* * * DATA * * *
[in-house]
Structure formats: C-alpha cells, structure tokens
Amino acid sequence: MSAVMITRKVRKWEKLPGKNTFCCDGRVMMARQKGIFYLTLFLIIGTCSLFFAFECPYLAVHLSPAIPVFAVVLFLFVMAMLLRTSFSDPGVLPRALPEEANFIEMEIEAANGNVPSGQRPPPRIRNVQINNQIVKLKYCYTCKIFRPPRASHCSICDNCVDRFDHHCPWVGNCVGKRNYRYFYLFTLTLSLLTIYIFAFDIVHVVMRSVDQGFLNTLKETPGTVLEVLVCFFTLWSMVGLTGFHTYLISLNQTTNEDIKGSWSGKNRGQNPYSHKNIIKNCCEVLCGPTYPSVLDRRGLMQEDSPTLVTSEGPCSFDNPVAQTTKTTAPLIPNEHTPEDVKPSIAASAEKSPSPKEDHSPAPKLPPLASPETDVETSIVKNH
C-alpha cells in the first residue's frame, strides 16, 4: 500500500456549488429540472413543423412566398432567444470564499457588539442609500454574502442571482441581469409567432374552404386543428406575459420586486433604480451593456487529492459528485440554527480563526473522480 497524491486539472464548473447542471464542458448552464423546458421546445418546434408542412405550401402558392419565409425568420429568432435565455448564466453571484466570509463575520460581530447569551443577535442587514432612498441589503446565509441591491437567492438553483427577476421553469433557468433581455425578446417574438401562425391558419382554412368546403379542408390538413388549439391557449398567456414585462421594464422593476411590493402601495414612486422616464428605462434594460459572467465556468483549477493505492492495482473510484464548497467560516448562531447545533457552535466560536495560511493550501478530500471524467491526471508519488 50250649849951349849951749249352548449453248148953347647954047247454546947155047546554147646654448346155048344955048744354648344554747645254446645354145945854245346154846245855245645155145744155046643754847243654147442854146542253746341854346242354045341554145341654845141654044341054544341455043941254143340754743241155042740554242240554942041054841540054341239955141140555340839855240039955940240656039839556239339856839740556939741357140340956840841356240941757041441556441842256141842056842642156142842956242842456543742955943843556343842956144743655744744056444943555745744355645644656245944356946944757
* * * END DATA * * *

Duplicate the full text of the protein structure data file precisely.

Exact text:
[in-house]
Structure formats: C-alpha cells, structure tokens
Amino acid sequence: MSAVMITRKVRKWEKLPGKNTFCCDGRVMMARQKGIFYLTLFLIIGTCSLFFAFECPYLAVHLSPAIPVFAVVLFLFVMAMLLRTSFSDPGVLPRALPEEANFIEMEIEAANGNVPSGQRPPPRIRNVQINNQIVKLKYCYTCKIFRPPRASHCSICDNCVDRFDHHCPWVGNCVGKRNYRYFYLFTLTLSLLTIYIFAFDIVHVVMRSVDQGFLNTLKETPGTVLEVLVCFFTLWSMVGLTGFHTYLISLNQTTNEDIKGSWSGKNRGQNPYSHKNIIKNCCEVLCGPTYPSVLDRRGLMQEDSPTLVTSEGPCSFDNPVAQTTKTTAPLIPNEHTPEDVKPSIAASAEKSPSPKEDHSPAPKLPPLASPETDVETSIVKNH
C-alpha cells in the first residue's frame, strides 16, 4: 500500500456549488429540472413543423412566398432567444470564499457588539442609500454574502442571482441581469409567432374552404386543428406575459420586486433604480451593456487529492459528485440554527480563526473522480 497524491486539472464548473447542471464542458448552464423546458421546445418546434408542412405550401402558392419565409425568420429568432435565455448564466453571484466570509463575520460581530447569551443577535442587514432612498441589503446565509441591491437567492438553483427577476421553469433557468433581455425578446417574438401562425391558419382554412368546403379542408390538413388549439391557449398567456414585462421594464422593476411590493402601495414612486422616464428605462434594460459572467465556468483549477493505492492495482473510484464548497467560516448562531447545533457552535466560536495560511493550501478530500471524467491526471508519488 50250649849951349849951749249352548449453248148953347647954047247454546947155047546554147646654448346155048344955048744354648344554747645254446645354145945854245346154846245855245645155145744155046643754847243654147442854146542253746341854346242354045341554145341654845141654044341054544341455043941254143340754743241155042740554242240554942041054841540054341239955141140555340839855240039955940240656039839556239339856839740556939741357140340956840841356240941757041441556441842256141842056842642156142842956242842456543742955943843556343842956144743655744744056444943555745744355645644656245944356946944757